July 19, 2024

Hedcor is still willing and ready for a dialogue with indigenous peoples of Bakun who recently passed a resolution terminating all future talks with the company.
“Hedcor remains willing and ready for a dialogue with the Bakun Indigenous Tribes Organization (BITO). The company believes that if both parties sit down and talk, they can come up with a mutually beneficial resolution,” the company said in a statement.
Hedcor has continuously reached out to the IPs for a dialogue even prior to and amid its shutdown in Bakun. In fact, officials from the energy sector as well as Benguet Gov. Melchor Diclas have issued statements calling for talks between both parties and for Hedcor’s resumed operations.
In spite of Hedcor’s efforts and the growing call for a dialogue, the BITO and the local government of Bakun remain firm in their refusal to sit down and talk.
The BITO has recently issued a resolution stating the termination of future talks and negotiations with Hedcor. The resolution cited the recent cases which Hedcor has filed in order for the company to continue operating the Bakun hydropower plants.
“We are really saddened by how the issues unfolded. We have received orders to keep our plants running but we are constrained from resuming operations to prioritize the safety and security of the community, our IP employees and our assets,” said Hedcor Vice President for Operations Leo Lungay.
Hedcor said the continued operation of plants in Bakun is within the relief granted under the writ of preliminary injunction issued by the Regional Trial Court of Buguias effective July 6. This follows the status quo ante order also issued by the court in view of the mutual agreement of Hedcor and the LGU to ensure the continued operations of the Bakun plants. 
The writ prevents the Bakun LGU and all persons acting on its behalf from further threatening or actually stopping the operations of the Bakun plants.
Hedcor clarified it was compelled to resort to legal remedies to defend itself against the threats to its operations.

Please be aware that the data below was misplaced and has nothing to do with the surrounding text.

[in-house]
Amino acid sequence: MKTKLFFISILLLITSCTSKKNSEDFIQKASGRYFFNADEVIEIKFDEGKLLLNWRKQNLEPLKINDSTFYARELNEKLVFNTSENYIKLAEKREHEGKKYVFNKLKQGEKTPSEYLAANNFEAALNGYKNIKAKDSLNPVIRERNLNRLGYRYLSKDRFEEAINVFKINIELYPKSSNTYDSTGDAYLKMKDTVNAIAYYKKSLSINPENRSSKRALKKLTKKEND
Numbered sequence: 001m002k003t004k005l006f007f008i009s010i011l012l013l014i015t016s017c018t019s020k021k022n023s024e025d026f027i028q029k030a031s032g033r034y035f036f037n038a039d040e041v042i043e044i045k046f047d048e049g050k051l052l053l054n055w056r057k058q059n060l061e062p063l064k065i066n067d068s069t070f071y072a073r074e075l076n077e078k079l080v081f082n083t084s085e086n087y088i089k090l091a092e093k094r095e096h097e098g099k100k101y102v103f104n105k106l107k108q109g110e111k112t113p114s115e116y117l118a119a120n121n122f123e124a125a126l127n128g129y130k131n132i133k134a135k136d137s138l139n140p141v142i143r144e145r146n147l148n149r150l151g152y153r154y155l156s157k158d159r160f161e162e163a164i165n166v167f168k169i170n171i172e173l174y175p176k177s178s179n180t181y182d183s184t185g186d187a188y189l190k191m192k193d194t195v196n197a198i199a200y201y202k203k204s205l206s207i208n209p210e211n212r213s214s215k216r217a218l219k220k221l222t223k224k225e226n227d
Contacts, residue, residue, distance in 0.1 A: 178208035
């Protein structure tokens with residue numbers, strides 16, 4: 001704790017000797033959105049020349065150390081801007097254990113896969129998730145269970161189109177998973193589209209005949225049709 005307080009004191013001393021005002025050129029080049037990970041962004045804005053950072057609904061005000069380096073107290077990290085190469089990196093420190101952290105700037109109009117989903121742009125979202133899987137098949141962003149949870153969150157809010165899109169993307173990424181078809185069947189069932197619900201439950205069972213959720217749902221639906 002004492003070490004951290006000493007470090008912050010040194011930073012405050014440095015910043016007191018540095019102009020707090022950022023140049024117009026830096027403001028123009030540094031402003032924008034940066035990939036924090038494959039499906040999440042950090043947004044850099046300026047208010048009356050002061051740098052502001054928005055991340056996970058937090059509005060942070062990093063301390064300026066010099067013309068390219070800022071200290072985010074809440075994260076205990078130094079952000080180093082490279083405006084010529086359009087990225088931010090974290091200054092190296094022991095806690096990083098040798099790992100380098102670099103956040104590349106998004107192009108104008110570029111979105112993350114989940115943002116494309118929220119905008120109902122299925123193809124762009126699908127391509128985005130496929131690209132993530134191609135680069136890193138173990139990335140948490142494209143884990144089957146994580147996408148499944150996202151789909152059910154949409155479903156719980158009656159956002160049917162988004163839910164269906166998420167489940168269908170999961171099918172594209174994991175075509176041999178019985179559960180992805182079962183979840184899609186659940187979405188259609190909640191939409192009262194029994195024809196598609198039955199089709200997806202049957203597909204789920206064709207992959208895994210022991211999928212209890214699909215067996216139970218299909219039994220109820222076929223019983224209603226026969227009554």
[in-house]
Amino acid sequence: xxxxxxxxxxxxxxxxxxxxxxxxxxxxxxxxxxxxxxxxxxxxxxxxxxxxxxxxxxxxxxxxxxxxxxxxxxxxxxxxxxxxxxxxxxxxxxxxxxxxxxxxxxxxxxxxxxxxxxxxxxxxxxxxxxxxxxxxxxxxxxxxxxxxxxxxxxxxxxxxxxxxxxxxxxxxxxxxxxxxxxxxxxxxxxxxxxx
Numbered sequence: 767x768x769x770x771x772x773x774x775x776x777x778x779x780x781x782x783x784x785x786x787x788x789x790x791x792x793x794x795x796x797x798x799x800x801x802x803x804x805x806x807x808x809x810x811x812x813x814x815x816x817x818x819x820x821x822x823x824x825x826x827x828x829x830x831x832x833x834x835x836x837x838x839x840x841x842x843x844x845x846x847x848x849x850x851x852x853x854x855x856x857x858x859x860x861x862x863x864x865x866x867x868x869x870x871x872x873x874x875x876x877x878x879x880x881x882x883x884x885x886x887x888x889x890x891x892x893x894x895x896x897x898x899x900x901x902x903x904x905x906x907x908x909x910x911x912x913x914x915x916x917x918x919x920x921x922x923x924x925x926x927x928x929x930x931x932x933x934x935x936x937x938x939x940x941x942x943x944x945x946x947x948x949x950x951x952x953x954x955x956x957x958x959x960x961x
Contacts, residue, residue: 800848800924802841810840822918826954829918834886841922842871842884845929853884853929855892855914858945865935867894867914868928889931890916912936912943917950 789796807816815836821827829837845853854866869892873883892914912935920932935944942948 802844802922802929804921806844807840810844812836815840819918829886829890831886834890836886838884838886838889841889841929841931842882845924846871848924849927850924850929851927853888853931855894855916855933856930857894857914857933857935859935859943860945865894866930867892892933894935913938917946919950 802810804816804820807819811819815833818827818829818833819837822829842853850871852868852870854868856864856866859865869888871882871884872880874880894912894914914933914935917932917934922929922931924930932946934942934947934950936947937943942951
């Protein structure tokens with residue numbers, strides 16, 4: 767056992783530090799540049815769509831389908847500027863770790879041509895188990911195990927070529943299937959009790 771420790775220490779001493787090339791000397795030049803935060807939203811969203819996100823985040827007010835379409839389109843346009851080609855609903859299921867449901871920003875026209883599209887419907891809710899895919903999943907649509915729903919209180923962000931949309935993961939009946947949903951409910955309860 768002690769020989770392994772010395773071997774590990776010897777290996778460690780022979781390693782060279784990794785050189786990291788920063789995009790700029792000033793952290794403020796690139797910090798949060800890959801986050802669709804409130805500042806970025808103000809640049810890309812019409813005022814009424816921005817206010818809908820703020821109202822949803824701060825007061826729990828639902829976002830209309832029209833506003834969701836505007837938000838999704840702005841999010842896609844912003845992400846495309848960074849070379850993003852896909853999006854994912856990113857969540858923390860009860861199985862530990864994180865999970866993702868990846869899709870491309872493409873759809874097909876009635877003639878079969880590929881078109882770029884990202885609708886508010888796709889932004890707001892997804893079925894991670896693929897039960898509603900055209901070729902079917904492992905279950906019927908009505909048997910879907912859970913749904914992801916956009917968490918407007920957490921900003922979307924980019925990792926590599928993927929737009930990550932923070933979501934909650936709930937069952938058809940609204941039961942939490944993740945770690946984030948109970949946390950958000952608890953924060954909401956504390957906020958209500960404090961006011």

The company also emphasized the legal steps it has taken so far against the LGU or National Commission on Indigenous Peoples officials are neither criminal nor administrative actions, nor are the officials sought to be made personally liable.
“As we’ve stated before, Hedcor also has equally important obligations to the energy consumers, the government, and its other stakeholders. We are exhausting all available remedies so that the energy needs of the community and the Covid-19 efforts of the government are not compromised,” Lungay said.
In addition to the writ of preliminary injunction, Hedcor also received a letter from the Department of Energy on July 1 directing Hedcor’s Bakun plants to reconnect to the grid, in very clear terms, specifically “to ensure your company’s supply to the grid and if you have disconnected, you are ordered to connect to the grid the soonest possible or upon receipt of this letter.” 
In the letter, DOE reiterated its earlier directive in its June 25 letter to Hedcor, emphasizing the tight power supply situation in the Luzon grid, thus the need for the Bakun hydros to continue operations. 
The DOE also cited its March 2 advisory on “Ensuring Reliable and Stable Electric Power Supply during the Government’s Covid-19 Vaccine Rollout Program” and Department Circular DC2020-04-0008 entitled “Rationalizing the Utilization of Energy Regulation 1-94 Funds by Host Local Government Units in Response to Covid-19 Public Health Emergency.” – Press release